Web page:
[Originally posted in PopMatters]
According to the romantics, imagination is the means of crossing into the spiritual and returning with a message of Truth. The poet, Percy Bysshe Shelley writes that: “Reason is to Imagination as the instrument to the agent . . . the shadow to the substance.” For the romantics, poetry (defined usually as expressive language and including prose and music) reveals eternal truths whereas other disciplines only measure finite and temporary facts. Poetry was a looking glass for the soul and held messages from the divine. However out of vogue that thinking is now, in the Dragon Age universe, it seems that this sense of romanticism holds considerable weight and that the two poet figures, Leliana and Verric (figured here as as bards), are elevated to a romantic status.
Whatever is going on in Dragon Age, be it racial tension, religious corruption, or class warfare, the figure of the poet remains untouched. Just as the romantics and their descendents argued, Dragon Age portrays a world in which poets have privileged knowledge, an almost prophetic understanding of their world and societies. They feel more deeply and are more in tune with a power that supposedly everyone has access to.
To a romantic, the poet grasps Nature in the Platonic sense; they are able to see beyond the veil between the material and spiritual and can interpret what Truth they see for everyone else. This is especially relevant in a world with a literal barrier called “the veil” separates the waking material world and a dream world and where the Maker allegedly resides. Ralph Waldo Emerson took the notion further by suggesting that poetry interprets not just a universal Truth, but God and heaven.
In the first Dragon Age, the player is approached by a flamboyant priestess named Leliana, who insists on travelling with the group based on visions she’d experienced from the Maker. What’s important is that Leliana is also a bard, a musician and poet. To Emerson, poetry is a message from God, and it is the poet that brings the material world closer to God.
As Emerson writes:
it is the distortion and detachment from the life of God that makes things ugly, the poet who re-attaches things to nature and the Whole—re-attaching even the artificial things and violations of nature to nature—by a deeper insight—disposes very easily of the most disagreeable facts
Leliana doesn’t just write down her feelings or chronicle history, she receives messages from God and interprets them for His subjects in Thedas. Ugly and unnatural things (such as the blight and darkspawn, as in the case of Dragon Age) are made beautiful and natural again through the poet. Leliana, a poet and clergywoman, literally speaks with her god and is offered a major role in unravelling the blight, restoring order to the world and further serving her religion.
There is also the case of Verric, the poet figure of the second Dragon Age. Verric, unlike Leliana, is not a devout man. He has nothing to seek redemption for, and he’s more concerned with worldly things like money, fame, and drink. But the military arm of the Chantry, the Seekers, ask Verric to recount the details of events in Kirkwall—even though other witnesses such as Sebastian or Aveline would seem to be more trustworthy witnesses. But the Chantry (the representatives of the Maker in the material world) seems to understand that the poet has a greater access to Truth than anyone else.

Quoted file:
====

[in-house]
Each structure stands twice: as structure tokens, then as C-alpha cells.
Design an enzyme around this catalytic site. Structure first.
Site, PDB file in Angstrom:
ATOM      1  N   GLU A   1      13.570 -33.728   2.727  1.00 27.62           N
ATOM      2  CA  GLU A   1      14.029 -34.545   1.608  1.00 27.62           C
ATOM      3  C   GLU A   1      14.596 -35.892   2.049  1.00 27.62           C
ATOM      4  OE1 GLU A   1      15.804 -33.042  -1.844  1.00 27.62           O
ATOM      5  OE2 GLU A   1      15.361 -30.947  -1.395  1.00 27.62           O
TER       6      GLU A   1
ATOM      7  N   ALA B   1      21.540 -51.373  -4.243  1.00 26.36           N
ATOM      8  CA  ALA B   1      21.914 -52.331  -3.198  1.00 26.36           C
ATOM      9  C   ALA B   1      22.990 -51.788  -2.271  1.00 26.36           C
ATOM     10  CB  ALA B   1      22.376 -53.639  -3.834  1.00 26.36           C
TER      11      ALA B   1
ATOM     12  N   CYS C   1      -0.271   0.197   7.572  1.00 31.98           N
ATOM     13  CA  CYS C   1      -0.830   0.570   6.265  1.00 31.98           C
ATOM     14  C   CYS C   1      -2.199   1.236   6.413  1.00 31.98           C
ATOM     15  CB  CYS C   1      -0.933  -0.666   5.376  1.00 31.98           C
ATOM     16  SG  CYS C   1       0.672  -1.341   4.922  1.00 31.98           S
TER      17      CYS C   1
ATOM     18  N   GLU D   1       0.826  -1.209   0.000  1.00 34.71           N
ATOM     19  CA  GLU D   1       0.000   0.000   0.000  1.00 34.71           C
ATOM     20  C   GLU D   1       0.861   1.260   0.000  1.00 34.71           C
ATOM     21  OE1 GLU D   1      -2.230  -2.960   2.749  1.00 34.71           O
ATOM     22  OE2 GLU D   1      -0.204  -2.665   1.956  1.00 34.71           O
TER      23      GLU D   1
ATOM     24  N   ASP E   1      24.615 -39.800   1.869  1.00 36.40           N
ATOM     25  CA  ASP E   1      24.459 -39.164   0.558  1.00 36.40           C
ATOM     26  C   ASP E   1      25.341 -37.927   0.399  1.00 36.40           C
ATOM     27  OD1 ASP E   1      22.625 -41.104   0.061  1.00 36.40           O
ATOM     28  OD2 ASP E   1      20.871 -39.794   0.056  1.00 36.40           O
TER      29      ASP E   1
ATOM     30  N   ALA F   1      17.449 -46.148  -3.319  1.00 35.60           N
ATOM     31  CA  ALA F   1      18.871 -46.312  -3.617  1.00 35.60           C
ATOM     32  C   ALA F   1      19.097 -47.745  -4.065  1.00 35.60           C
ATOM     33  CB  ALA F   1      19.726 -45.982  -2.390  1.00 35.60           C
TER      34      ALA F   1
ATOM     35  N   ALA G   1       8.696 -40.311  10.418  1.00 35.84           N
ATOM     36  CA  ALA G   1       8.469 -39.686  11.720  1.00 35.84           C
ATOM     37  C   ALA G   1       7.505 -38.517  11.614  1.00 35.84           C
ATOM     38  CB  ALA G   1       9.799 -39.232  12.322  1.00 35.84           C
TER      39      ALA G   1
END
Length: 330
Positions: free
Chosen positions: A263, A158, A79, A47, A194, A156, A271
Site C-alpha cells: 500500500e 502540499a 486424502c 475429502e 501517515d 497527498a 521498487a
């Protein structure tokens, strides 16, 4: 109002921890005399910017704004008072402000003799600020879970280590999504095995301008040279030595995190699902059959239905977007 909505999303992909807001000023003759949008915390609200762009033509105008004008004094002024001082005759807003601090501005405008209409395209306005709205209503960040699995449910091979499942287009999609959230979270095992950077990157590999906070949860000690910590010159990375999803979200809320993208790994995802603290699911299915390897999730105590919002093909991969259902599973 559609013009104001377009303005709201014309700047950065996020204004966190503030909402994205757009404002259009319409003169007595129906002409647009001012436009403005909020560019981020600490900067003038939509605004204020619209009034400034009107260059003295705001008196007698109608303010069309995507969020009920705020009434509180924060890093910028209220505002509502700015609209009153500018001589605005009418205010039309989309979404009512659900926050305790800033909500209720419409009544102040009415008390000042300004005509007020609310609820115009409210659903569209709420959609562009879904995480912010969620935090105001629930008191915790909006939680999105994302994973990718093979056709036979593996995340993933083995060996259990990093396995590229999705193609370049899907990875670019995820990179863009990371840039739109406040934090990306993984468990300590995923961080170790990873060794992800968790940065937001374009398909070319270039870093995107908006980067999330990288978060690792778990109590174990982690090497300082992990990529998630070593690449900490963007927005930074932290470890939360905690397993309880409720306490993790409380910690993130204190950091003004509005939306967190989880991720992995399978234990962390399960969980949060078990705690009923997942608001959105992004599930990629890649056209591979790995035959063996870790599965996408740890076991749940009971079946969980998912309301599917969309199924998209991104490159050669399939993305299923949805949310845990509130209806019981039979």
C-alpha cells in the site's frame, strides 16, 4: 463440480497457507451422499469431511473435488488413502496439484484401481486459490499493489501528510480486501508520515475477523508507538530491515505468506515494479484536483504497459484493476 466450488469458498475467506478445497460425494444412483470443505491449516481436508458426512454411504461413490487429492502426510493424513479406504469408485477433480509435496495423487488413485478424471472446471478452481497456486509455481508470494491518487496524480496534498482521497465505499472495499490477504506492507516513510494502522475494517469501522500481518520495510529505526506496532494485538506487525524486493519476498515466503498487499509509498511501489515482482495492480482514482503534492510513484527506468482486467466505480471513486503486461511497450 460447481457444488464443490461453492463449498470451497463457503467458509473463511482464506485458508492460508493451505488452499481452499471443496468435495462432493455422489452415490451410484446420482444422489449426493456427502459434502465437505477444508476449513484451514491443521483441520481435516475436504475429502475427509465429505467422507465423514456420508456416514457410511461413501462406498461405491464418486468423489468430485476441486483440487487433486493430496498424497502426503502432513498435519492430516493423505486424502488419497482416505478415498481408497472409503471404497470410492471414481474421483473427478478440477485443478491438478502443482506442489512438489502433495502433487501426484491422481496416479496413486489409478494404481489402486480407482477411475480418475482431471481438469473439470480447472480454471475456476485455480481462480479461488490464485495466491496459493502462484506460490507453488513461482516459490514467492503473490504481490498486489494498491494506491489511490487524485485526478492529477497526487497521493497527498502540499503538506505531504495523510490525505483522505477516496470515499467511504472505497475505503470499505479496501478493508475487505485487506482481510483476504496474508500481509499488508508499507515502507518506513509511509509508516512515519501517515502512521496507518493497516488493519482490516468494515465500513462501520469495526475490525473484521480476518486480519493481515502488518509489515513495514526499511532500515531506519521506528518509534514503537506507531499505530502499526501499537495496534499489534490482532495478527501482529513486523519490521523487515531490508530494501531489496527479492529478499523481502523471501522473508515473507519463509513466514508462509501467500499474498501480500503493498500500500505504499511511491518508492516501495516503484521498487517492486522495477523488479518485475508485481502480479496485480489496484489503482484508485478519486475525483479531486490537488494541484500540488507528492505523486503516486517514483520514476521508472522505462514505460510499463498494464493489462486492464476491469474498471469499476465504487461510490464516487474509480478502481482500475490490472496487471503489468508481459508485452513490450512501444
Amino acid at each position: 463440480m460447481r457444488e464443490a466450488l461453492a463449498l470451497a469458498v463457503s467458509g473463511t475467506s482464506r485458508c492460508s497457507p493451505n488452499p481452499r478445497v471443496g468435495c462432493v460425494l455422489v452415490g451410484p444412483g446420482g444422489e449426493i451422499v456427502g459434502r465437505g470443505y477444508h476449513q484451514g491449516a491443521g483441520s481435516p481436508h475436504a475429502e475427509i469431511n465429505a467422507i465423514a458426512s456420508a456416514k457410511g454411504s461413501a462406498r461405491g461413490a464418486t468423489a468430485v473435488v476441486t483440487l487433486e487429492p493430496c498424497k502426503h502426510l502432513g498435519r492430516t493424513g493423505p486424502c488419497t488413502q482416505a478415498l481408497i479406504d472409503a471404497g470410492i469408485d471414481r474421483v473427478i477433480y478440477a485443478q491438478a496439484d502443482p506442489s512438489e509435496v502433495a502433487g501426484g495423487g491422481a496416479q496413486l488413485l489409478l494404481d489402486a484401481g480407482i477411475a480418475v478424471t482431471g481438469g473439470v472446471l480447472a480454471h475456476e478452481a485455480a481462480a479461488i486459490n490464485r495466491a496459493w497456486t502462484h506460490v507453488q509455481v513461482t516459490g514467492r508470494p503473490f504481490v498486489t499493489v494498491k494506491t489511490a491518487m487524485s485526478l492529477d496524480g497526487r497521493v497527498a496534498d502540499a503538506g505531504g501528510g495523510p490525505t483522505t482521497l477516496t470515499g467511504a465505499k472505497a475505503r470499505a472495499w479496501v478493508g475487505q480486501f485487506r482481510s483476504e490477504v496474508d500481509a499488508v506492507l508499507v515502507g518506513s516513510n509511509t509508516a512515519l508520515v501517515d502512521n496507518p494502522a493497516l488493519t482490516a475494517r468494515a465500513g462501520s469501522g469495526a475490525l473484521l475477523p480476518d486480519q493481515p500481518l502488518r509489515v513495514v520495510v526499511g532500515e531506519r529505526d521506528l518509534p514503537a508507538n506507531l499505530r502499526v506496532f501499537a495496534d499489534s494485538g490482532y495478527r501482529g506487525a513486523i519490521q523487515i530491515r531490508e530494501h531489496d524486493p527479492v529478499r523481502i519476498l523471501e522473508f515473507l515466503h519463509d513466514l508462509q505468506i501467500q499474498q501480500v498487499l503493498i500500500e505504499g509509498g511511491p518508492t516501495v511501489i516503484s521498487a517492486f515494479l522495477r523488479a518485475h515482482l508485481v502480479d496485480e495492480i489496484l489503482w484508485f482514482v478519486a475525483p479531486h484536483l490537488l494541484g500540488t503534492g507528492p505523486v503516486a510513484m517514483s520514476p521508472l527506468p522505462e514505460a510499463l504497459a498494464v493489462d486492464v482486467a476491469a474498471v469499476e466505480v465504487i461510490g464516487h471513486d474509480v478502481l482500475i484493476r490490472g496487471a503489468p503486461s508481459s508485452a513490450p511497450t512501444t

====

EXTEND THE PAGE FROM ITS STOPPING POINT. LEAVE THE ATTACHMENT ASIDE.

Furthermore, Verric narrates a story that hasn’t even happened. He knows all possible outcomes and reflects back on decisions that the player has yet to make. Emerson says that “the sign and credentials of the poet are that he announces that which no man foretold . . . for he was present and privy to the appearance which he describes.” This is important because the church seeks the one figure with the most intimate relationship with Truth, the poet Verric. Narratively, Verric is recounting to both the captain of the Seekers and the player events that the player hasn’t experienced yet. The character is privy to what hasn’t happened—at least, for us .
Both poets live in the same world in which mages are lobotomized, cities are segregated into racial districts, nobles squabble and kill one another for titles, those in authority sell their trust to criminals, people are tugged into wars repeatedly and unavoidably, and still the poet is granted special treatment. Both poet figures understand society, morality, and even the divine better than their non-poetic peers. They aren’t perfect as people, but as figures of art, they’re nearly prophetic in their wisdom (even if they rarely act or seem to know it). Their stories are the only reliable guide for living in such a chaotic world.
Shelley would have poets be “the institutors of laws and the founders of civil society and the inventors of the arts of life and the teachers who draw into a certain propinquity with the beautiful and true,” and based on Dragon Age, the developers at Bioware would seem to agree. No matter how self destructive and irrational the people and societies of Thedas act, it’s the poet that serves as guide. For developers working in an art form constructed by engineering software and writing mathematical computer code, Bioware have placed considerable faith in the power of poetry.
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